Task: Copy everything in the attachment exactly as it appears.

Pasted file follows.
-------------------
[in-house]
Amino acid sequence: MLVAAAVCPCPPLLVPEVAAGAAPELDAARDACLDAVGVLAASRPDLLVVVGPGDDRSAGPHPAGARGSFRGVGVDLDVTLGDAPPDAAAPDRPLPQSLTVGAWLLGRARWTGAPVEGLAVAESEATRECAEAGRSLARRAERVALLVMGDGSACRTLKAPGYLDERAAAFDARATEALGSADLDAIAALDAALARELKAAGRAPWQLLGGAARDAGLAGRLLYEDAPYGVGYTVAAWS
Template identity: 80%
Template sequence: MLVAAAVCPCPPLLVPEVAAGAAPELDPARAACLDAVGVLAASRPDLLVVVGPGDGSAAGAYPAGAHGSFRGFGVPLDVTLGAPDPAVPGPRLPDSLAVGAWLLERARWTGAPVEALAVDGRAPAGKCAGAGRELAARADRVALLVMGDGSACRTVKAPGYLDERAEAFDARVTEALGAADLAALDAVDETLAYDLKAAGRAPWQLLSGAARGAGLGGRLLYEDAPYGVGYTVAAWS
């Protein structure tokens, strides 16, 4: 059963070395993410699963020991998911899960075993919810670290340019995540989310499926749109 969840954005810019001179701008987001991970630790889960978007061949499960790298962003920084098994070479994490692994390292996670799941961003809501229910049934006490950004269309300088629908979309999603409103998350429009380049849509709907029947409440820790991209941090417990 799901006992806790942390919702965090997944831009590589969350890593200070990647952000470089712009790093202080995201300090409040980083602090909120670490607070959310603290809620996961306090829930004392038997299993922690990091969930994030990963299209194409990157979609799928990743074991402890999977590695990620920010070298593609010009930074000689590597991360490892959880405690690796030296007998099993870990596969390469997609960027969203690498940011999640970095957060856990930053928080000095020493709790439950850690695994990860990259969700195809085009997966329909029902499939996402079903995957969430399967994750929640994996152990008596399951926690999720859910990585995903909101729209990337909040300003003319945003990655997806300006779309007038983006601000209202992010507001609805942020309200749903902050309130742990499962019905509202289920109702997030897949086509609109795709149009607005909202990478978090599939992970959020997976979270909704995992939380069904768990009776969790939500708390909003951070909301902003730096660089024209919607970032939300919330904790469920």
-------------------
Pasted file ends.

[in-house]
Amino acid sequence: MLVAAAVCPCPPLLVPEVAAGAAPELDAARDACLDAVGVLAASRPDLLVVVGPGDDRSAGPHPAGARGSFRGVGVDLDVTLGDAPPDAAAPDRPLPQSLTVGAWLLGRARWTGAPVEGLAVAESEATRECAEAGRSLARRAERVALLVMGDGSACRTLKAPGYLDERAAAFDARATEALGSADLDAIAALDAALARELKAAGRAPWQLLGGAARDAGLAGRLLYEDAPYGVGYTVAAWS
Template identity: 80%
Template sequence: MLVAAAVCPCPPLLVPEVAAGAAPELDPARAACLDAVGVLAASRPDLLVVVGPGDGSAAGAYPAGAHGSFRGFGVPLDVTLGAPDPAVPGPRLPDSLAVGAWLLERARWTGAPVEALAVDGRAPAGKCAGAGRELAARADRVALLVMGDGSACRTVKAPGYLDERAEAFDARVTEALGAADLAALDAVDETLAYDLKAAGRAPWQLLSGAARGAGLGGRLLYEDAPYGVGYTVAAWS
């Protein structure tokens, strides 16, 4: 059963070395993410699963020991998911899960075993919810670290340019995540989310499926749109 969840954005810019001179701008987001991970630790889960978007061949499960790298962003920084098994070479994490692994390292996670799941961003809501229910049934006490950004269309300088629908979309999603409103998350429009380049849509709907029947409440820790991209941090417990 799901006992806790942390919702965090997944831009590589969350890593200070990647952000470089712009790093202080995201300090409040980083602090909120670490607070959310603290809620996961306090829930004392038997299993922690990091969930994030990963299209194409990157979609799928990743074991402890999977590695990620920010070298593609010009930074000689590597991360490892959880405690690796030296007998099993870990596969390469997609960027969203690498940011999640970095957060856990930053928080000095020493709790439950850690695994990860990259969700195809085009997966329909029902499939996402079903995957969430399967994750929640994996152990008596399951926690999720859910990585995903909101729209990337909040300003003319945003990655997806300006779309007038983006601000209202992010507001609805942020309200749903902050309130742990499962019905509202289920109702997030897949086509609109795709149009607005909202990478978090599939992970959020997976979270909704995992939380069904768990009776969790939500708390909003951070909301902003730096660089024209919607970032939300919330904790469920």